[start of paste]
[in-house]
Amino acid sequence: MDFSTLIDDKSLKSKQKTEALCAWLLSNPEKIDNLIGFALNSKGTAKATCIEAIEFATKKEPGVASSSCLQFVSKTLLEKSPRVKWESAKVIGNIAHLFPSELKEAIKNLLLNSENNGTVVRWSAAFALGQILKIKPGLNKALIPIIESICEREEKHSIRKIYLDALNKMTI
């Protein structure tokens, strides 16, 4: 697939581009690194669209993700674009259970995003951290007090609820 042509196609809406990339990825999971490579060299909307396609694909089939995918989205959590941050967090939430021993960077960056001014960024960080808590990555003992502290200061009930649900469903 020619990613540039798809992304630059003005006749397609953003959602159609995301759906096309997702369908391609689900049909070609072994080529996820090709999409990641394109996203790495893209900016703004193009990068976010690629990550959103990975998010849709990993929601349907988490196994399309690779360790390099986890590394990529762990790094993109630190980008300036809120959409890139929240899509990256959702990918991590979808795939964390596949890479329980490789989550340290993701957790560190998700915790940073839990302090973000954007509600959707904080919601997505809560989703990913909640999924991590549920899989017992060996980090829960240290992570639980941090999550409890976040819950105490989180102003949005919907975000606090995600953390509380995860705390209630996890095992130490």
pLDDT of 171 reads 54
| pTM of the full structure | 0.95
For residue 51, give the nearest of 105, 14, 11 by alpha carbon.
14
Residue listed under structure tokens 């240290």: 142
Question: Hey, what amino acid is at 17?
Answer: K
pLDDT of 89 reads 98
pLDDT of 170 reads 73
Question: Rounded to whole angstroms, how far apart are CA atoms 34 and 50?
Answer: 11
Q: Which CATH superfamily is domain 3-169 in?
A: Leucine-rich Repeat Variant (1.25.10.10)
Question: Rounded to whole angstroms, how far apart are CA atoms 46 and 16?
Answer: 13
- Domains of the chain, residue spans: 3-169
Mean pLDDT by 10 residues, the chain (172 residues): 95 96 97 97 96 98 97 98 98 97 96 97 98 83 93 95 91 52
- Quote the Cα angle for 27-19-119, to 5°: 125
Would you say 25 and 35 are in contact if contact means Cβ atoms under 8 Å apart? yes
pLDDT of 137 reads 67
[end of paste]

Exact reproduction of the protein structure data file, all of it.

[in-house]
Amino acid sequence: MDFSTLIDDKSLKSKQKTEALCAWLLSNPEKIDNLIGFALNSKGTAKATCIEAIEFATKKEPGVASSSCLQFVSKTLLEKSPRVKWESAKVIGNIAHLFPSELKEAIKNLLLNSENNGTVVRWSAAFALGQILKIKPGLNKALIPIIESICEREEKHSIRKIYLDALNKMTI
């Protein structure tokens, strides 16, 4: 697939581009690194669209993700674009259970995003951290007090609820 042509196609809406990339990825999971490579060299909307396609694909089939995918989205959590941050967090939430021993960077960056001014960024960080808590990555003992502290200061009930649900469903 020619990613540039798809992304630059003005006749397609953003959602159609995301759906096309997702369908391609689900049909070609072994080529996820090709999409990641394109996203790495893209900016703004193009990068976010690629990550959103990975998010849709990993929601349907988490196994399309690779360790390099986890590394990529762990790094993109630190980008300036809120959409890139929240899509990256959702990918991590979808795939964390596949890479329980490789989550340290993701957790560190998700915790940073839990302090973000954007509600959707904080919601997505809560989703990913909640999924991590549920899989017992060996980090829960240290992570639980941090999550409890976040819950105490989180102003949005919907975000606090995600953390509380995860705390209630996890095992130490």
pLDDT of 171 reads 54
| pTM of the full structure | 0.95
For residue 51, give the nearest of 105, 14, 11 by alpha carbon.
14
Residue listed under structure tokens 């240290």: 142
Question: Hey, what amino acid is at 17?
Answer: K
pLDDT of 89 reads 98
pLDDT of 170 reads 73
Question: Rounded to whole angstroms, how far apart are CA atoms 34 and 50?
Answer: 11
Q: Which CATH superfamily is domain 3-169 in?
A: Leucine-rich Repeat Variant (1.25.10.10)
Question: Rounded to whole angstroms, how far apart are CA atoms 46 and 16?
Answer: 13
- Domains of the chain, residue spans: 3-169
Mean pLDDT by 10 residues, the chain (172 residues): 95 96 97 97 96 98 97 98 98 97 96 97 98 83 93 95 91 52
- Quote the Cα angle for 27-19-119, to 5°: 125
Would you say 25 and 35 are in contact if contact means Cβ atoms under 8 Å apart? yes
pLDDT of 137 reads 67